According to László Kiss, Director General of the HUN-REN Research Centre for Astronomy and Earth Sciences (HUN-REN CSFK), a Hungarian member of the Steering Committee of the Cheops consortium: "The new discovery by Cheops brilliantly confirms that the operational concept formulated over a decade ago, the concept of an ultraprecise space photometer that can be directed to the sky almost anytime, anywhere, works excellently. We could have never known the true nature of the exotic system discovered by the American TESS space telescope without Cheops' flexible and adaptable data collection."

HD110067 is the brightest known system with four or more planets. Since those planets are all sub-Neptune-sized with atmospheres that are likely extended, it makes them ideal candidates for studying the composition of their atmospheres using the NASA/ESA/CSA James Webb Space Telescope and the ESA’s future Ariel and Plato telescopes.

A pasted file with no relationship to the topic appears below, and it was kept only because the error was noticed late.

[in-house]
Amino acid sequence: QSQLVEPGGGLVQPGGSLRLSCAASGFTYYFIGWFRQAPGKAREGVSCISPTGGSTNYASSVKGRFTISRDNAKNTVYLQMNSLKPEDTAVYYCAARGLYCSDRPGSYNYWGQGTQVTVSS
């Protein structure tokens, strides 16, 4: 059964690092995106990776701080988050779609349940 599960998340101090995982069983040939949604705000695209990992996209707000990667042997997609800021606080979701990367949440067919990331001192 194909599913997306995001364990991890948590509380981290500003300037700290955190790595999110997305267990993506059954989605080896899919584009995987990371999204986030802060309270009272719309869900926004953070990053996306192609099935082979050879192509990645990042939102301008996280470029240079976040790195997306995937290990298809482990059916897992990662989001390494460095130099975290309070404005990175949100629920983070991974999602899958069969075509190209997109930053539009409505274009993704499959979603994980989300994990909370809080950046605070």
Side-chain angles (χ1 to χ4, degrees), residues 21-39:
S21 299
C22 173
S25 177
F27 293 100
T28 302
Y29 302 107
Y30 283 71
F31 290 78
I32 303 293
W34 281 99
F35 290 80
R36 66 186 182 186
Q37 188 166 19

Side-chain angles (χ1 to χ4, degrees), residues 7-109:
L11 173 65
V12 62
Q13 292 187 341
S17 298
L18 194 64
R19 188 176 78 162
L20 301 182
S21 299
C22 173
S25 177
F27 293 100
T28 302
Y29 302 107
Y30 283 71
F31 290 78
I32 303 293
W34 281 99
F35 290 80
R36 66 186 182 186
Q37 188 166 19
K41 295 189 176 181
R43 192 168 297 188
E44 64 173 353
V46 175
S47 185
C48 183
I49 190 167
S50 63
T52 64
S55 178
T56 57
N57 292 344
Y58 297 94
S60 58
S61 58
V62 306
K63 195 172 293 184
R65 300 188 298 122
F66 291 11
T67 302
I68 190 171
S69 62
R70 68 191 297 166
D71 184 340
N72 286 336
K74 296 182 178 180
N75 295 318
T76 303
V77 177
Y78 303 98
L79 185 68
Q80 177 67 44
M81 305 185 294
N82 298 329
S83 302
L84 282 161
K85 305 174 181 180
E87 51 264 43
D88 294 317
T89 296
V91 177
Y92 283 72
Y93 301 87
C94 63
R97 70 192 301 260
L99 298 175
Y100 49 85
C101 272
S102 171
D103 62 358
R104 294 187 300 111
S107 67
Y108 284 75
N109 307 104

Among the members of the research team led by Rafael Luque, there are also Hungarian researchers, listed in alphabetical order: Tamás Bárczy (ADMATIS Kft., Miskolc), Szilárd Csizmadia (Institut für Planetenforschung, Deutsches Zentrum für Luft- und Raumfahrt, Berlin), László Kiss (HUN-REN CSFK, Budapest), Attila Simon (Abteilung für Weltraumforschung und Planetologie, Physikalisches Institut, Universität Bern, Bern), and M. Gyula Szabó (ELTE Gothard Astrophysical Observatory, Szombathely).


A resonant sextuplet of sub-Neptunes transiting the bright star HD 110067, Nature Journal


The resonant planetary orbits of the HD110067 system. The small diagrams on the right illustrate mutual resonances, by depicting the orbiting planets from a top-down view with a certain time resolution, connected by lines of different colours at these time points. The large diagram on the left shows the same with all resonance pairs together. (Thibaut Roger, NCCR PlanetS)